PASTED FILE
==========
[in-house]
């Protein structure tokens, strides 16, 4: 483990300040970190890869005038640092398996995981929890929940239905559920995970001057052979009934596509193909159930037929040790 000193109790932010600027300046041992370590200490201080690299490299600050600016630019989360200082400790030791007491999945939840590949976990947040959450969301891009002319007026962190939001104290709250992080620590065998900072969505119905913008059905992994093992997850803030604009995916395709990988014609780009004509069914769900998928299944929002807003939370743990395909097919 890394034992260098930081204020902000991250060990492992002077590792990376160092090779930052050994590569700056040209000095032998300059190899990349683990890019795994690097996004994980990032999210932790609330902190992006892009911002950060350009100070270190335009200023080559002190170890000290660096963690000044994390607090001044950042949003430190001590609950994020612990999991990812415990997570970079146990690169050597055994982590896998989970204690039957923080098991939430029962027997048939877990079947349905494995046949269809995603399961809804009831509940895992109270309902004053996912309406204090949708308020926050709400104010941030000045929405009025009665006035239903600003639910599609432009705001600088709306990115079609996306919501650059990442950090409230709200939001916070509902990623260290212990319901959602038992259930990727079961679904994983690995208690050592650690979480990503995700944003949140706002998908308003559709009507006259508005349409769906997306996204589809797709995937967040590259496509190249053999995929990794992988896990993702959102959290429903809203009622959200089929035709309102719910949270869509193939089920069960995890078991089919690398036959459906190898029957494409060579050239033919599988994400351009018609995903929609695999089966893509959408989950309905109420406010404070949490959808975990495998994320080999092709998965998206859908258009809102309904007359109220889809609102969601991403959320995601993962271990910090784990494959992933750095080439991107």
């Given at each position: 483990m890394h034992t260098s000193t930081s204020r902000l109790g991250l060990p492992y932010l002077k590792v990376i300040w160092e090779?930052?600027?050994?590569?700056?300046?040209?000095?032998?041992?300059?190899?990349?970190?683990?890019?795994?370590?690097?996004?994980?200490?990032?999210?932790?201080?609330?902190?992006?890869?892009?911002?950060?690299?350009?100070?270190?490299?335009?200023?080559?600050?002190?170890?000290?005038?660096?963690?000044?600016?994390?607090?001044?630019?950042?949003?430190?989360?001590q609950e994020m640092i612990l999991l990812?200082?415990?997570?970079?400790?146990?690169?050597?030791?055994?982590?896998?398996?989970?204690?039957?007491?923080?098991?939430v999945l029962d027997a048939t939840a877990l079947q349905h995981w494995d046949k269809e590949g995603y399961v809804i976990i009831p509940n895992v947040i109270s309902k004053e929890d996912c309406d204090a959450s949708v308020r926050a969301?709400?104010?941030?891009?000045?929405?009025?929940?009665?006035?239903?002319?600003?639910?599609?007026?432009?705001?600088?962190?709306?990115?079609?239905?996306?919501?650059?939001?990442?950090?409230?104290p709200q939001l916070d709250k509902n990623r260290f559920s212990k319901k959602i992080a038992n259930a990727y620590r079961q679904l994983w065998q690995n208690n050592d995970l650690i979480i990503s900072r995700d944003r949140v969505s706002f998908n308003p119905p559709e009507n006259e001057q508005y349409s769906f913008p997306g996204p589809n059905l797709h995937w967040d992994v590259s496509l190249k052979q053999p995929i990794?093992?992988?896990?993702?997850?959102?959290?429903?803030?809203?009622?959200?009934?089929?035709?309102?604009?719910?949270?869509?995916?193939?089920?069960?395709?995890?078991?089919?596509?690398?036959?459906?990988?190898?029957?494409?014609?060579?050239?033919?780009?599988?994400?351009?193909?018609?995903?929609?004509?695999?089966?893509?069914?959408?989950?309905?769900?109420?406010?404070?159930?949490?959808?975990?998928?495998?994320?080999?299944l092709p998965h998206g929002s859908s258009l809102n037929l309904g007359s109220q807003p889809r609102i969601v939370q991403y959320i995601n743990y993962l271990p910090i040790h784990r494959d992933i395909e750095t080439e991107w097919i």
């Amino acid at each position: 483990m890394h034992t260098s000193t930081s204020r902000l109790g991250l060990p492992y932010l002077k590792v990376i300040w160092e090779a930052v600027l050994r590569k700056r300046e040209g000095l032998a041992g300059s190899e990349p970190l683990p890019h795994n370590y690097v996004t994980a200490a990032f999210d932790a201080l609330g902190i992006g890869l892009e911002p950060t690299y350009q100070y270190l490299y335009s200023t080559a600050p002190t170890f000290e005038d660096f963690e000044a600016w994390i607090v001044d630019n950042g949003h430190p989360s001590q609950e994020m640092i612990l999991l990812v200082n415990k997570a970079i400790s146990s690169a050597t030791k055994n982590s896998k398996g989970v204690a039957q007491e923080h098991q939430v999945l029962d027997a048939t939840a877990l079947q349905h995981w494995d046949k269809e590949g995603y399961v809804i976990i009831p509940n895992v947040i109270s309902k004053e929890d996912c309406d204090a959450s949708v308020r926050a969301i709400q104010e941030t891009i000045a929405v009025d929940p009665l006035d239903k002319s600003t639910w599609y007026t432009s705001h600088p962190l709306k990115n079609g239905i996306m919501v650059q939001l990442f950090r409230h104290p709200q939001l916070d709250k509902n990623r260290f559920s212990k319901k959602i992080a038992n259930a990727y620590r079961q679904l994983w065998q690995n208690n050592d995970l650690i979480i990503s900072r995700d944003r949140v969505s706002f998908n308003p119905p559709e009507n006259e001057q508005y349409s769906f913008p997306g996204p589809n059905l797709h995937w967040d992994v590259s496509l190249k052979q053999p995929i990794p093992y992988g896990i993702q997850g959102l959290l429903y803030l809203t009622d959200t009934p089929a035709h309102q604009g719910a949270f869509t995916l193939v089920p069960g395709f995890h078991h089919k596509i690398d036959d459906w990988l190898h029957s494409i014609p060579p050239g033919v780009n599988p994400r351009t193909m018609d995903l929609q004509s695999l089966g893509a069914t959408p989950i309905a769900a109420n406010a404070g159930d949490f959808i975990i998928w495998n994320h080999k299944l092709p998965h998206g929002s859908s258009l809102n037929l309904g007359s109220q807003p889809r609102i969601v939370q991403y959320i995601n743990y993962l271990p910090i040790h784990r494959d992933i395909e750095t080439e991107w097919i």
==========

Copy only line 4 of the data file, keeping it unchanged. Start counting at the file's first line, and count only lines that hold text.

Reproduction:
């Amino acid at each position: 483990m890394h034992t260098s000193t930081s204020r902000l109790g991250l060990p492992y932010l002077k590792v990376i300040w160092e090779a930052v600027l050994r590569k700056r300046e040209g000095l032998a041992g300059s190899e990349p970190l683990p890019h795994n370590y690097v996004t994980a200490a990032f999210d932790a201080l609330g902190i992006g890869l892009e911002p950060t690299y350009q100070y270190l490299y335009s200023t080559a600050p002190t170890f000290e005038d660096f963690e000044a600016w994390i607090v001044d630019n950042g949003h430190p989360s001590q609950e994020m640092i612990l999991l990812v200082n415990k997570a970079i400790s146990s690169a050597t030791k055994n982590s896998k398996g989970v204690a039957q007491e923080h098991q939430v999945l029962d027997a048939t939840a877990l079947q349905h995981w494995d046949k269809e590949g995603y399961v809804i976990i009831p509940n895992v947040i109270s309902k004053e929890d996912c309406d204090a959450s949708v308020r926050a969301i709400q104010e941030t891009i000045a929405v009025d929940p009665l006035d239903k002319s600003t639910w599609y007026t432009s705001h600088p962190l709306k990115n079609g239905i996306m919501v650059q939001l990442f950090r409230h104290p709200q939001l916070d709250k509902n990623r260290f559920s212990k319901k959602i992080a038992n259930a990727y620590r079961q679904l994983w065998q690995n208690n050592d995970l650690i979480i990503s900072r995700d944003r949140v969505s706002f998908n308003p119905p559709e009507n006259e001057q508005y349409s769906f913008p997306g996204p589809n059905l797709h995937w967040d992994v590259s496509l190249k052979q053999p995929i990794p093992y992988g896990i993702q997850g959102l959290l429903y803030l809203t009622d959200t009934p089929a035709h309102q604009g719910a949270f869509t995916l193939v089920p069960g395709f995890h078991h089919k596509i690398d036959d459906w990988l190898h029957s494409i014609p060579p050239g033919v780009n599988p994400r351009t193909m018609d995903l929609q004509s695999l089966g893509a069914t959408p989950i309905a769900a109420n406010a404070g159930d949490f959808i975990i998928w495998n994320h080999k299944l092709p998965h998206g929002s859908s258009l809102n037929l309904g007359s109220q807003p889809r609102i969601v939370q991403y959320i995601n743990y993962l271990p910090i040790h784990r494959d992933i395909e750095t080439e991107w097919i």